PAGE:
Elizabeth died in 1849 at the age of 45, just three years after her youngest child was born. Elizabeth is buried in Brownhelm Cemetery in Lorain County, Ohio. Perry remarried a year later. He had two more children, one of which died before the age of two. Perry died in 1873 and is also buried in Brownhelm Cemetery.
Elizabeth and Perry Darby's eight children:
In the 1860 census, William and Sarah were living together. They had moved just a few miles to Lorain County, Ohio. According to the census they had a three-year old boy, Marion Sayles. Sarah's 14-year-old sister, Ephagene, was also living with them, as well as a boarder, a 20-year old blacksmith.
Here's where it gets interesting. The 1870 census holds two surprises. One, William and Sarah were now living in the town of Antwerp, in Paulding County, Ohio - 120 miles east of their old home in Lorain County. The second surprise is that in the 1870 census the male child named Marion in 1860 is now recorded as a female named Mattie - who was born in England! Mattie's real name was probably Marian, for three years later a Marian J. Sayles married a Franklin Gordon in Paulding County. I assume Marian/Mattie was an English relative of William's, and not William and Sarah's child. I base this on the fact that it would be rare indeed for a farmer from Ohio to travel with his wife to Europe and stay long enough to have a child. Also, in the 1860 census, Marion (Marian) had the last name "Sayles" written on the form, which was not the norm. Usually the children's last name was left blank because it was assumed the child had the same last name as the head of the house. The third reason I believe Mattie was not William and Sarah's child was that they had been married for 15 years with no children up to that point.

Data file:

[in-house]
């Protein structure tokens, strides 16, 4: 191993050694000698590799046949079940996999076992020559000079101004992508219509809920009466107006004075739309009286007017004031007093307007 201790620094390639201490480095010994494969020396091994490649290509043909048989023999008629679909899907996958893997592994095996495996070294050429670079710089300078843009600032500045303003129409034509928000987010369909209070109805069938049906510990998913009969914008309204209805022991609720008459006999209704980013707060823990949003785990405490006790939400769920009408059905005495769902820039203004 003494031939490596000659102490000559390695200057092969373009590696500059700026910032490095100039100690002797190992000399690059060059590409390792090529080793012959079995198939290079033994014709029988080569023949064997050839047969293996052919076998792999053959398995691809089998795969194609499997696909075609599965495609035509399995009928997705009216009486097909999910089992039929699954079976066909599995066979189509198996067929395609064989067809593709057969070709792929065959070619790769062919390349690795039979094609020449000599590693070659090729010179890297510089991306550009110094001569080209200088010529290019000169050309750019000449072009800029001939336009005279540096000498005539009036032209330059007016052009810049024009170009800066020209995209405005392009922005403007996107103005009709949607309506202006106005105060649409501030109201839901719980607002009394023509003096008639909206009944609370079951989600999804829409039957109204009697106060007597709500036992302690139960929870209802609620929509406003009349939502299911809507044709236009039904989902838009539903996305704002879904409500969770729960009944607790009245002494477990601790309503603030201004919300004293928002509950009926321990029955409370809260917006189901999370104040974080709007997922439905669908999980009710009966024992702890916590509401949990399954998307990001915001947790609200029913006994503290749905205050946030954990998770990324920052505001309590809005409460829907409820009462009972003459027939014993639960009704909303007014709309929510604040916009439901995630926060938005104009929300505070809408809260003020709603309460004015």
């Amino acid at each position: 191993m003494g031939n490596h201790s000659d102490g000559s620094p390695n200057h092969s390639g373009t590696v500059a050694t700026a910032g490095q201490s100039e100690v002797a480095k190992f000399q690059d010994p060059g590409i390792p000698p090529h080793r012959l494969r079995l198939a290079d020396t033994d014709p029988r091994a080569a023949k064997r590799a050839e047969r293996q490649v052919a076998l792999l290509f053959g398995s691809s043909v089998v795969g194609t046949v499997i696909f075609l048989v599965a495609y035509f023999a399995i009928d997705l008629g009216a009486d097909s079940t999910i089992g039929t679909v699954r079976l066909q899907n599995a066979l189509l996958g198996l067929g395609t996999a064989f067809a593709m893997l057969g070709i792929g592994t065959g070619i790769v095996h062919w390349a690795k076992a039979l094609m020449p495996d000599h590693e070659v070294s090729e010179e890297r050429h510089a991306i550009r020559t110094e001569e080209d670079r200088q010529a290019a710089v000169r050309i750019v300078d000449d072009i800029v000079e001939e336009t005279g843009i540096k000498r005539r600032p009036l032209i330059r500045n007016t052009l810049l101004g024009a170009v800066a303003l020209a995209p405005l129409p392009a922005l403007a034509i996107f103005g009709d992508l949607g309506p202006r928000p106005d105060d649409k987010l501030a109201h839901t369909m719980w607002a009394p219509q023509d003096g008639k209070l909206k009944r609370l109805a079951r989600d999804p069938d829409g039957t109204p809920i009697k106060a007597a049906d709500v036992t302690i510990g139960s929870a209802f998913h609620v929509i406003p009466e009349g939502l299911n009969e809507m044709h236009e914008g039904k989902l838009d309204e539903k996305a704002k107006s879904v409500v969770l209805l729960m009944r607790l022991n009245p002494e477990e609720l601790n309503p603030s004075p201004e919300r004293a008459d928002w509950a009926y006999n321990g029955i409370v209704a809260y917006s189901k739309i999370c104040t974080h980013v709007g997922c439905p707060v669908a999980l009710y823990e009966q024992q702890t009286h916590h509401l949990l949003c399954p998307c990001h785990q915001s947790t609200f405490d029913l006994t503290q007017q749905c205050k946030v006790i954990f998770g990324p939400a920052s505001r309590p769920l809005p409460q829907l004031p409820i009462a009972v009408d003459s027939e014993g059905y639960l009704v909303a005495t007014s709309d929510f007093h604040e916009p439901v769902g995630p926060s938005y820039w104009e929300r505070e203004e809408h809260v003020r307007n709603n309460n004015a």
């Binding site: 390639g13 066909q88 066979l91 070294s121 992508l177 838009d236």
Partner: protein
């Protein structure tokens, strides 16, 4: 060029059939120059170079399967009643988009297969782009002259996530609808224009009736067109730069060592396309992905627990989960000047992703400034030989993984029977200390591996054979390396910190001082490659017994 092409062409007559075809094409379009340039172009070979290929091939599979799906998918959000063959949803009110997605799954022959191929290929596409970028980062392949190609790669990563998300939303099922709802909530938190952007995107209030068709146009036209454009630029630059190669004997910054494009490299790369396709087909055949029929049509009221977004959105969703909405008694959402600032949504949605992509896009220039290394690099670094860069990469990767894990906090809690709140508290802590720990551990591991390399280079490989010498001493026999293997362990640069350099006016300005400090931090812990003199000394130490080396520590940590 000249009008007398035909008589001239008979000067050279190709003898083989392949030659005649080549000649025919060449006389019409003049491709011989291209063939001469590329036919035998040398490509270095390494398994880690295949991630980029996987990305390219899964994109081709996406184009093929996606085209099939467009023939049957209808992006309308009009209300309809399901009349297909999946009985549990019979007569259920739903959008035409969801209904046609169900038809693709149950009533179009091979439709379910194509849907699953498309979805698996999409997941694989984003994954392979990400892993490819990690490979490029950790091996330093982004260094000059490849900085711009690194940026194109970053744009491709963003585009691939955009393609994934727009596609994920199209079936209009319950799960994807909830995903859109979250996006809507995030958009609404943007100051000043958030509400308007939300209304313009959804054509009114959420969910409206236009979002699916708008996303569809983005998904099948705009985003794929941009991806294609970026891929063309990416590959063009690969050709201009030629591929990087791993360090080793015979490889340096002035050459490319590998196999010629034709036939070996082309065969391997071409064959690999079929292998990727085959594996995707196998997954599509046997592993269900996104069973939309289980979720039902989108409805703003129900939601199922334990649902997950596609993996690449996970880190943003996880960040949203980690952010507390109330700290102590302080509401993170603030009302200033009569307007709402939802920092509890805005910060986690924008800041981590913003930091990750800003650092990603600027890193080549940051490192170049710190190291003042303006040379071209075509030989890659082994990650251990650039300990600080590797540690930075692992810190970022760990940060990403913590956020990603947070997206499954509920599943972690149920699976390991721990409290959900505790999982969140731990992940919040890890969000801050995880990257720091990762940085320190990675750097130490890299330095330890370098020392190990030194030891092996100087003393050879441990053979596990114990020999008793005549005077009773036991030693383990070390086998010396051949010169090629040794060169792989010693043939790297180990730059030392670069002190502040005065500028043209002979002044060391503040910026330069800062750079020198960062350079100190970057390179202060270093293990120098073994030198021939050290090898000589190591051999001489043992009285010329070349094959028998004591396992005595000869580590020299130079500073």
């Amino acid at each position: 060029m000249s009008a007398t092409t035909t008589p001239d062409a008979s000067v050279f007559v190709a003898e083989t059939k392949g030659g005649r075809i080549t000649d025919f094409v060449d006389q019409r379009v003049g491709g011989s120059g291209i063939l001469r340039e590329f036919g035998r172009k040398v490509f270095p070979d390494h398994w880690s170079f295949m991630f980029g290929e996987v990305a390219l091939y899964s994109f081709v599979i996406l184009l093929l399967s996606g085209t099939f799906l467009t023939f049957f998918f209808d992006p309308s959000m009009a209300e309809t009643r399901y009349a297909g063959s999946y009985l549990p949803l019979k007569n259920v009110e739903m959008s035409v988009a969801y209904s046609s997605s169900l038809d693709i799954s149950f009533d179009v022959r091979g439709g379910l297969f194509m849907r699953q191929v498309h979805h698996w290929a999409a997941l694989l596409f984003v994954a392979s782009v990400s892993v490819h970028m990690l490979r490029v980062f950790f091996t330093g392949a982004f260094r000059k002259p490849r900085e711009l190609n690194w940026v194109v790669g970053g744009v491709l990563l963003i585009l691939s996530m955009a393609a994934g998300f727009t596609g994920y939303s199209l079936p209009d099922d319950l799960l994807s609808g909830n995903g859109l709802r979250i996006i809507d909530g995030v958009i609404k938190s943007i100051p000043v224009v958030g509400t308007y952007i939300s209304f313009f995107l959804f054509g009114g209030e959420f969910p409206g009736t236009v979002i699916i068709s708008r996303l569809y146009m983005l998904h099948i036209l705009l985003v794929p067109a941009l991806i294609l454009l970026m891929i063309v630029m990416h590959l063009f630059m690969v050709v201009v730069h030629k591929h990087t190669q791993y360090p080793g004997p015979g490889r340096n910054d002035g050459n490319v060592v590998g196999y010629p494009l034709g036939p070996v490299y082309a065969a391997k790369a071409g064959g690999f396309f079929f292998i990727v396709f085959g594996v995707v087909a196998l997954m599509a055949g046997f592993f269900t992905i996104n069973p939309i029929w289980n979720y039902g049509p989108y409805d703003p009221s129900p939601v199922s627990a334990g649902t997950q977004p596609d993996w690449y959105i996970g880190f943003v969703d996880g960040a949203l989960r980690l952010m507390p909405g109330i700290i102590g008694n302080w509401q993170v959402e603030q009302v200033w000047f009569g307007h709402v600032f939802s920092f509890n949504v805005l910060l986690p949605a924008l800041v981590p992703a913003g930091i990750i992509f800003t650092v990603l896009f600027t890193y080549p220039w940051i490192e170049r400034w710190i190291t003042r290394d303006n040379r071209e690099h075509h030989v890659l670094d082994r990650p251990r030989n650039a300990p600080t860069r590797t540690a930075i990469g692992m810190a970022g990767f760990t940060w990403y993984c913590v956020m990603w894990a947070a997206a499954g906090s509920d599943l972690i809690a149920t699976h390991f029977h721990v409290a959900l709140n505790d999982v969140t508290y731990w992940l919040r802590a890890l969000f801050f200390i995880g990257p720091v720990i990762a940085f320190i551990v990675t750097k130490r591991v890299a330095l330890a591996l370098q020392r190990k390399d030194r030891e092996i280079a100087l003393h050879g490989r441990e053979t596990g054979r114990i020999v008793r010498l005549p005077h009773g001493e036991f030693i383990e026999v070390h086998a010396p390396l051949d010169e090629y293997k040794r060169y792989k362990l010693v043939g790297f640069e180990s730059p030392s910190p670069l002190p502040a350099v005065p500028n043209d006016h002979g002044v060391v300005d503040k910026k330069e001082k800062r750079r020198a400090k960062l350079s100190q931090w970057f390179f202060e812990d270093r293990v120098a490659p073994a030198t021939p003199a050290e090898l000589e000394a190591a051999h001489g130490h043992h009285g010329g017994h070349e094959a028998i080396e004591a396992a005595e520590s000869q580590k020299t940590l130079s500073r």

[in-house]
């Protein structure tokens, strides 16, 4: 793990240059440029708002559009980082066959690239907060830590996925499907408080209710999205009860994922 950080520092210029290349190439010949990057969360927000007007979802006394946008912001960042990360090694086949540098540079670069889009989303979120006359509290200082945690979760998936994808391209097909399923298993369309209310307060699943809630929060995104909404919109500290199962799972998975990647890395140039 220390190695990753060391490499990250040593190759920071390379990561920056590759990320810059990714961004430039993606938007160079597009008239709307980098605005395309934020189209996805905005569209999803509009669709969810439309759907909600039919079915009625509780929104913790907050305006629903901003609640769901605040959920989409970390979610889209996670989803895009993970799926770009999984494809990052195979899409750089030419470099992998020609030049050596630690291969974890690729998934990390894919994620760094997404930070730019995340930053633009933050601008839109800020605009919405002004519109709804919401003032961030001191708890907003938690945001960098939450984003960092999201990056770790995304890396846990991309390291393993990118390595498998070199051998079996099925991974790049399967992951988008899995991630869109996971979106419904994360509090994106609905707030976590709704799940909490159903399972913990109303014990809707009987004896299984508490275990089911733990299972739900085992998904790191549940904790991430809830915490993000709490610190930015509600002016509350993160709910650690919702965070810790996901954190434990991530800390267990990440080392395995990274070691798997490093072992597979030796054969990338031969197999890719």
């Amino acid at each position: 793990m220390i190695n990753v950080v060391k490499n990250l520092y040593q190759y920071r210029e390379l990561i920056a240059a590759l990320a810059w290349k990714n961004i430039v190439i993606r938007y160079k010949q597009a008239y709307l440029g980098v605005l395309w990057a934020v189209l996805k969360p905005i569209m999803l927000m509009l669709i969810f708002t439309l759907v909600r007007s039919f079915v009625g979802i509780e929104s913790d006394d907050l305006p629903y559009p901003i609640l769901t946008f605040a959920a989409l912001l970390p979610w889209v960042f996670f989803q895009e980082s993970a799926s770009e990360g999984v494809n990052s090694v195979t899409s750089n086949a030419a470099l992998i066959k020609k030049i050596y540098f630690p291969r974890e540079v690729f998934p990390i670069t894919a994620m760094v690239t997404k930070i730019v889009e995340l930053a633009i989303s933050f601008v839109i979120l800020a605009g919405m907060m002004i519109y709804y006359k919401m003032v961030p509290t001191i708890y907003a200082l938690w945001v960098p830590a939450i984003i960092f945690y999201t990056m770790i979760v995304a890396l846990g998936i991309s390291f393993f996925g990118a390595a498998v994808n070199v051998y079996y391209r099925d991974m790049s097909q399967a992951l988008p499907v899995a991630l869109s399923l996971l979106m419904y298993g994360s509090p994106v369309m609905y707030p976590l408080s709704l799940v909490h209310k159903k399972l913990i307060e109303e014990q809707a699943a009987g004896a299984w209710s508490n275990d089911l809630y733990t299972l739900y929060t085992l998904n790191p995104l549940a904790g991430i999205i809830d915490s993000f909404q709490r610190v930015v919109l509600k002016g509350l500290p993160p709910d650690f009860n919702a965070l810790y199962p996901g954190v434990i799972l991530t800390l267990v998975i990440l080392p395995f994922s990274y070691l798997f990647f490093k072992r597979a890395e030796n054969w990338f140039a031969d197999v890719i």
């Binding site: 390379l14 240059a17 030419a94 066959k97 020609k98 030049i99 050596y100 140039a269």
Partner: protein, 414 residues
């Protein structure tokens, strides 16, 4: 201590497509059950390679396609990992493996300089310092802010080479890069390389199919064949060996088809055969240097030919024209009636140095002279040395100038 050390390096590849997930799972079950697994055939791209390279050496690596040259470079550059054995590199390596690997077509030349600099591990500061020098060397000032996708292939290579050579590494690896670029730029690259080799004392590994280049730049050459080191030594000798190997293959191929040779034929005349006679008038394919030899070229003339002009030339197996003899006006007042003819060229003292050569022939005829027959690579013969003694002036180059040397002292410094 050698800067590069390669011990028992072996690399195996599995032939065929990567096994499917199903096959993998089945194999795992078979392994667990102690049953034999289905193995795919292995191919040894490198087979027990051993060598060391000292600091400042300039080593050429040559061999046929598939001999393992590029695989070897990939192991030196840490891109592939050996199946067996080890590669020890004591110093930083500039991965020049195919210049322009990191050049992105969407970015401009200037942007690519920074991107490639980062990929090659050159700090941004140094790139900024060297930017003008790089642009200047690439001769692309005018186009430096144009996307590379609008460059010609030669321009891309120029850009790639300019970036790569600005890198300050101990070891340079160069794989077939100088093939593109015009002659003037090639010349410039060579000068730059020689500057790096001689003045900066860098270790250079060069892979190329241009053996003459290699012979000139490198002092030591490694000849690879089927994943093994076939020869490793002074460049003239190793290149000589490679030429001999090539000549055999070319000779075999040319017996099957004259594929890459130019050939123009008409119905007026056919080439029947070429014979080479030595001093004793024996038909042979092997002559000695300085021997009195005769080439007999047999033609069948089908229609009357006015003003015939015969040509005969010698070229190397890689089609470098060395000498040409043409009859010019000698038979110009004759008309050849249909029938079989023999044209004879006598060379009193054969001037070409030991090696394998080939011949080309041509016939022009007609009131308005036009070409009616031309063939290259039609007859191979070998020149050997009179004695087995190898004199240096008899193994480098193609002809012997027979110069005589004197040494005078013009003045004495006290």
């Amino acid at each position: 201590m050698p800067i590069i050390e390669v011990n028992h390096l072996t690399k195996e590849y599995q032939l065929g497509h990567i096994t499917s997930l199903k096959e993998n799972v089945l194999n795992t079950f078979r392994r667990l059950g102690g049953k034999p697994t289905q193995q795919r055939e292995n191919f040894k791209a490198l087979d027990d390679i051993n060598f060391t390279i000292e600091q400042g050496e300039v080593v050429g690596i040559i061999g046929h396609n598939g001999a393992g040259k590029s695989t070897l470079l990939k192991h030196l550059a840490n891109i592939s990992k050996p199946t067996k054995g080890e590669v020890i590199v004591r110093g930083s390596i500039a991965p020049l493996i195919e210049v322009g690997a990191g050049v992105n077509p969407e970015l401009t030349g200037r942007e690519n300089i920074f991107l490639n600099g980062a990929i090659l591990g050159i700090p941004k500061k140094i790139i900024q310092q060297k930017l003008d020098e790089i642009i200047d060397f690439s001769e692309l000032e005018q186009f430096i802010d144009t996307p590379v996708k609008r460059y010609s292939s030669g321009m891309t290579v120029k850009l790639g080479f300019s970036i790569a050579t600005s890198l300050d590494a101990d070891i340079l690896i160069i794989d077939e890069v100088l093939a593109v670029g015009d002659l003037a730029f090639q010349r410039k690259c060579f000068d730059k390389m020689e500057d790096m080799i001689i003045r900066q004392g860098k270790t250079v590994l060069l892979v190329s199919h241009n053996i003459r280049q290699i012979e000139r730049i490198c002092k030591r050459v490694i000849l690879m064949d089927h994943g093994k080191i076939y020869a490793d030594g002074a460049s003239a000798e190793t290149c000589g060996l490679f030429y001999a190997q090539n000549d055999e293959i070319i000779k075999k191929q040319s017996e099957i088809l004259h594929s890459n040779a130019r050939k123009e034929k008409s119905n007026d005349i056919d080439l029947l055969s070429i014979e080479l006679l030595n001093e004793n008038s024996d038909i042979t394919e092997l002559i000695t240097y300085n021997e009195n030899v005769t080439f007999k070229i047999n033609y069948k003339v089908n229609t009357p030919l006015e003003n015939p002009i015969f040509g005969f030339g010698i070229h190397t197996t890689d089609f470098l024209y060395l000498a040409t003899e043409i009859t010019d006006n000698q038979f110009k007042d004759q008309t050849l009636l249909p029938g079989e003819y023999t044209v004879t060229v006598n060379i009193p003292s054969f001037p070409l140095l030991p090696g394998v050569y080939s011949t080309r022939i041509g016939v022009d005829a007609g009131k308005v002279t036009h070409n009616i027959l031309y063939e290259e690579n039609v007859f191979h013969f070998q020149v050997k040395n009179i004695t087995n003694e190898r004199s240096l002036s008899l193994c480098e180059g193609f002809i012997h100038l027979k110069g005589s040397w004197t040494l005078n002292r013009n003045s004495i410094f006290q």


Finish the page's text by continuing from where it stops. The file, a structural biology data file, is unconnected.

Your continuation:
As the reader can see, much of this story is based on flimsy assumptions. Trying to unravel William and Sarah's story using census and cemetery records had resulted in confusion. Fortunately, another family researcher came to the rescue. What follows is the information researcher Elvin Pippert sent me in 2004 (which, unfortunately, got lost in my records until a few years later):
"The reason your data does not make sense is that there were two marriages with children who were adopted by William Sayles after the parents died. To further confuse things the [first set] of parents that died were the parents of the wife of the second set of parents. Now that I have confused you, let me try to lay it out for you.